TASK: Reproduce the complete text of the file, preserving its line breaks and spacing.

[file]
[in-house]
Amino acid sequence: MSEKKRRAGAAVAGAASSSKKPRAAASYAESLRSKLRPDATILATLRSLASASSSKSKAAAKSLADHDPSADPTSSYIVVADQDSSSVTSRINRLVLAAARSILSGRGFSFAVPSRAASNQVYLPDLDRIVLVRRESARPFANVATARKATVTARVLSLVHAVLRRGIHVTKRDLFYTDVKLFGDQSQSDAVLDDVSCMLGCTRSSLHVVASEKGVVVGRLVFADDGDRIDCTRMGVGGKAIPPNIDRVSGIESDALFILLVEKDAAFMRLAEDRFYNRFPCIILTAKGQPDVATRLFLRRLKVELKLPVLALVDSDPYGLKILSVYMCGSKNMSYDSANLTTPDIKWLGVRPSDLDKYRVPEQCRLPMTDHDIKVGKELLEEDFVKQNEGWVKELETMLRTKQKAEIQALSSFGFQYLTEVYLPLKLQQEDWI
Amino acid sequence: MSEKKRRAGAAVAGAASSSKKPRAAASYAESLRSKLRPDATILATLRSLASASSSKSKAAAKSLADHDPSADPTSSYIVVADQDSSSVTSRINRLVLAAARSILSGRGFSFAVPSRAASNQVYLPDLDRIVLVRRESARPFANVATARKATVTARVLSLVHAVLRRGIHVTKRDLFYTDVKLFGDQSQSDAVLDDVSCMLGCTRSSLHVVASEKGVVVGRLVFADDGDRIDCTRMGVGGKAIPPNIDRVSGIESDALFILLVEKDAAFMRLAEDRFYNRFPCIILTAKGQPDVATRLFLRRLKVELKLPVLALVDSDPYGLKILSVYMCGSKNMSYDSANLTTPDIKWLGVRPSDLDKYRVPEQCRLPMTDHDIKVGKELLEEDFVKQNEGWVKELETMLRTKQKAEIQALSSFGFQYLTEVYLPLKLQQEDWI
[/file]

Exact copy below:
[in-house]
Amino acid sequence: MSEKKRRAGAAVAGAASSSKKPRAAASYAESLRSKLRPDATILATLRSLASASSSKSKAAAKSLADHDPSADPTSSYIVVADQDSSSVTSRINRLVLAAARSILSGRGFSFAVPSRAASNQVYLPDLDRIVLVRRESARPFANVATARKATVTARVLSLVHAVLRRGIHVTKRDLFYTDVKLFGDQSQSDAVLDDVSCMLGCTRSSLHVVASEKGVVVGRLVFADDGDRIDCTRMGVGGKAIPPNIDRVSGIESDALFILLVEKDAAFMRLAEDRFYNRFPCIILTAKGQPDVATRLFLRRLKVELKLPVLALVDSDPYGLKILSVYMCGSKNMSYDSANLTTPDIKWLGVRPSDLDKYRVPEQCRLPMTDHDIKVGKELLEEDFVKQNEGWVKELETMLRTKQKAEIQALSSFGFQYLTEVYLPLKLQQEDWI
Amino acid sequence: MSEKKRRAGAAVAGAASSSKKPRAAASYAESLRSKLRPDATILATLRSLASASSSKSKAAAKSLADHDPSADPTSSYIVVADQDSSSVTSRINRLVLAAARSILSGRGFSFAVPSRAASNQVYLPDLDRIVLVRRESARPFANVATARKATVTARVLSLVHAVLRRGIHVTKRDLFYTDVKLFGDQSQSDAVLDDVSCMLGCTRSSLHVVASEKGVVVGRLVFADDGDRIDCTRMGVGGKAIPPNIDRVSGIESDALFILLVEKDAAFMRLAEDRFYNRFPCIILTAKGQPDVATRLFLRRLKVELKLPVLALVDSDPYGLKILSVYMCGSKNMSYDSANLTTPDIKWLGVRPSDLDKYRVPEQCRLPMTDHDIKVGKELLEEDFVKQNEGWVKELETMLRTKQKAEIQALSSFGFQYLTEVYLPLKLQQEDWI